The medicalization of FGM refers to “situations in which the procedure (including re-infibulation) is practised by any category of health-care provider, whether in a public or a private clinic, at home or elsewhere, at any point in time in a woman’s life”. This definition was first adopted by WHO in 1997, and reaffirmed in 2008 by 10 UN agencies in the interagency statement, Eliminating female genital mutilation. The interagency statement strongly emphasizes that regardless of whether FGM is carried out by traditional or medical personnel, it represents a harmful and unethical practice, with no benefits whatsoever, which should not be performed under any circumstances.


Action taken at international, regional and national levels over the past decade or more has begun to bear fruit. Increasing numbers of women and men from practising groups have declared support for discontinuing the practice, in some areas, the prevalence of FGM has decreased and some communities have publicly declared that they are no longer mutilating their daughters. The reduction in prevalence is not, however, as substantial as hoped for. Therefore, it is vital that the work against FGM be intensified to more effectively counteract the underlying reasons behind continuation of the practice. Bringing an end to FGM requires a broad-based, long-term commitment.

In 2007, the United Nations Population Fund (UNFPA) and United Nations Children’s Fund (UNICEF) launched the Joint Programme, in 15 African Countries. The Goal was “to support governments, communities, and girls and women concerned towards the abandonment of Female Genital Mutilation/Cutting”. The programme aimed to reduce the practice of FGM/C among girls aged 0 -15 by 40%, and eliminate FGM/C in at least one country by 2012. This Joint Programme was established as the main United Nations instrument to promote the acceleration of FGM/C abandonment. While the duration of the Programme was meant to be 5 years (2008 – 2012), it was extended to 2013 to provide additional time to meet its goals.  

A second phase of the “UNFPA/UNICEF Joint Programme on FGM/C Abandonment: Accelerating Change”, which commenced in 2014, took place in 17 Countries, including Nigeria and Yemen.  The second phase of the Joint Programme ended in December 2017.  In Nigeria the Joint programme is taking place in the five States with the highest FGM/C prevalence in the country, namely; Osun (77%), Ebonyi (74%), Ekiti (72%), Imo (68%), and Oyo (66%). This is based on the 2013 Nigeria Demographic Health Survey (NDHS).  A third phase of the “UNFPA/UNICEF Joint Programme on Eliminating FGM: Accelerating Change”, which commenced in January 2018, is taking place in 16 Countries, including Nigeria, and will end in December 2021.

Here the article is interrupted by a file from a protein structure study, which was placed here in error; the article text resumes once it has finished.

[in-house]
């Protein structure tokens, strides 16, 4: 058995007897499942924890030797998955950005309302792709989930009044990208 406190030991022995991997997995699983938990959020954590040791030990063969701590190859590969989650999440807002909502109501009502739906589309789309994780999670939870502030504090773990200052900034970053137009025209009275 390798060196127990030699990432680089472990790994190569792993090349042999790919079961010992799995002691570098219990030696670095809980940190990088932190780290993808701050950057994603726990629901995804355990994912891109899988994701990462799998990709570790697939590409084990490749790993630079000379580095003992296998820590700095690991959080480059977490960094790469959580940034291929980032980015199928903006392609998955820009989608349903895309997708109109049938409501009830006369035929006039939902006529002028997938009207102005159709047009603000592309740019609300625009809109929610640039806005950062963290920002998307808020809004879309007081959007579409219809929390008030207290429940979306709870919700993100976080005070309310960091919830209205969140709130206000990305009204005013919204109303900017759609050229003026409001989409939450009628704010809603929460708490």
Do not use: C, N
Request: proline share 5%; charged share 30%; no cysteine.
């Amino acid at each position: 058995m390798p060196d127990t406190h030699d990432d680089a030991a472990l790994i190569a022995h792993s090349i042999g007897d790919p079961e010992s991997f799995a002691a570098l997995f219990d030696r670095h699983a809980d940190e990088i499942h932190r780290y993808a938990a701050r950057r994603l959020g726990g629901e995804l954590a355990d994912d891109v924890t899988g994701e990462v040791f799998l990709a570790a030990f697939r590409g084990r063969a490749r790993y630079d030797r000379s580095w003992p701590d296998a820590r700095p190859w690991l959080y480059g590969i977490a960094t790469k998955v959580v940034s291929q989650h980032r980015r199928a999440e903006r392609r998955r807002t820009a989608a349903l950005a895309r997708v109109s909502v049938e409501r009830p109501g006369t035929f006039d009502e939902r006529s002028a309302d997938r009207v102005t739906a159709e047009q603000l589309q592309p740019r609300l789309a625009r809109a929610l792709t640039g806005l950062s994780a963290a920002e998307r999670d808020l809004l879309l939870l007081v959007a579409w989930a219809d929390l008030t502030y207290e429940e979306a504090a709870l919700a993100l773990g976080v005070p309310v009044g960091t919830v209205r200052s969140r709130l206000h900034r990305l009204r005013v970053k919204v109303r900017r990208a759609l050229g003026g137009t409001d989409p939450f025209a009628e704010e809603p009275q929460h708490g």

Experience over the past two or three decades has shown that there are no quick or easy solutions. Getting a community to publicly declare their support for the #endcuttinggirls campaign is not easy also, especially in communities where the practice of FGM is a Social Norm.

The concept of social norms:

A social norm is a behavioural rule ‘R’ that applies to a certain social context ‘C’ for a given population ‘P’ (bicchieri 2008a, 2010). People in the population prefer to follow the rule in the appropriate context if they believe that a sufficiently large part of the population follows the rule, and further, if they believe that other people think that they ought to follow the rule, and may sanction them if they don’t.  For example, in Western countries, brides traditionally wear white at weddings because nearly all other brides do and they believe that others think that they should wear white because white represents purity. This is unlike why everyone wears shoes. I wear shoes because I want to protect my feet, not because I’m concerned about what others do or what they think of me.

A social norm might be enforced by informal social sanctions that range from gossip to open censure, ostracism and/ or dishonour. Social sanction motivates individuals to follow a norm out of fear of punishment or out of a desire to please and thus be rewarded.

A Social Norm can be very fragile, particularly in cases of pluralistic ignorance. This occurs when a majority of individuals have private attitudes/preferences in conflict with the prevailing Social norm. Often people are not able to freely talk about their private attitudes, for fear of social sanction, and so the norm remains in place, even if most people do not want to continue to follow it. Until expectations are changed, individuals in a group will continue to obey the norm because of their belief that he/she is expected to do so. A public pledge to abandon a harmful norm suddenly and collectively changes expectations and can therefore induce a norm shift. Public pledges allow people to create common knowledge of new expectations. For example, everyone knows that everyone else knows that we expect others not to cut their daughters.

Today we are focusing on the benefit of community public declaration against FGM.  Under the UNFPA/UNICEF Joint Programme on Eliminating FGM, a public declaration /affirmation is defined as “formal public ceremonies involving one or more communities—typically villages, but increasingly also districts and ethnic groups—that take part in an event where they manifest, through their representatives, the specific commitment to abandon FGM/C”.  This is a moment of broad social recognition, which shows that most support abandonment of FGM, and most likely will abandon the practice.  A public declaration does not mean that the declaring village is free from FGM; rather it represents a milestone in the process of abandonment because it signals the change in social expectations.